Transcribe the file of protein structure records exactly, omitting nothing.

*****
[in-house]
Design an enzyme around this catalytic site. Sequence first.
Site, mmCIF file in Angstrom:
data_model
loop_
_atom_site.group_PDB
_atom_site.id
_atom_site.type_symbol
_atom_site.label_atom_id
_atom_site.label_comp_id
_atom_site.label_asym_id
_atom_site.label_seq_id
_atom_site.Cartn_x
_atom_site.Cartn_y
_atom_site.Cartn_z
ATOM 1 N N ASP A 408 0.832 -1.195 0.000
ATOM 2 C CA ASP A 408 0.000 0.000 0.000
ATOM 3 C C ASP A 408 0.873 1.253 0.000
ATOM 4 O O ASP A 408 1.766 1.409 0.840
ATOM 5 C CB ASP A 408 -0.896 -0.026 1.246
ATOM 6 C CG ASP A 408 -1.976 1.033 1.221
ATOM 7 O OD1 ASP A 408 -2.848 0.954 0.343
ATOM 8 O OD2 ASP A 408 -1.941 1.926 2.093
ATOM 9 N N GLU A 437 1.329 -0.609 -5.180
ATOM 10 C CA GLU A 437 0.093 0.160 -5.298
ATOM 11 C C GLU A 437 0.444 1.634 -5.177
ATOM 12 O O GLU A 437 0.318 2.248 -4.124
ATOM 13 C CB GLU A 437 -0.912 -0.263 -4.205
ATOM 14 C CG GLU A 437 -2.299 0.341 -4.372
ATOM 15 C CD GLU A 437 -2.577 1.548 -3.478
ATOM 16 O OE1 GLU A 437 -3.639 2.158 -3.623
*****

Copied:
[in-house]
Design an enzyme around this catalytic site. Sequence first.
Site, mmCIF file in Angstrom:
data_model
loop_
_atom_site.group_PDB
_atom_site.id
_atom_site.type_symbol
_atom_site.label_atom_id
_atom_site.label_comp_id
_atom_site.label_asym_id
_atom_site.label_seq_id
_atom_site.Cartn_x
_atom_site.Cartn_y
_atom_site.Cartn_z
ATOM 1 N N ASP A 408 0.832 -1.195 0.000
ATOM 2 C CA ASP A 408 0.000 0.000 0.000
ATOM 3 C C ASP A 408 0.873 1.253 0.000
ATOM 4 O O ASP A 408 1.766 1.409 0.840
ATOM 5 C CB ASP A 408 -0.896 -0.026 1.246
ATOM 6 C CG ASP A 408 -1.976 1.033 1.221
ATOM 7 O OD1 ASP A 408 -2.848 0.954 0.343
ATOM 8 O OD2 ASP A 408 -1.941 1.926 2.093
ATOM 9 N N GLU A 437 1.329 -0.609 -5.180
ATOM 10 C CA GLU A 437 0.093 0.160 -5.298
ATOM 11 C C GLU A 437 0.444 1.634 -5.177
ATOM 12 O O GLU A 437 0.318 2.248 -4.124
ATOM 13 C CB GLU A 437 -0.912 -0.263 -4.205
ATOM 14 C CG GLU A 437 -2.299 0.341 -4.372
ATOM 15 C CD GLU A 437 -2.577 1.548 -3.478
ATOM 16 O OE1 GLU A 437 -3.639 2.158 -3.623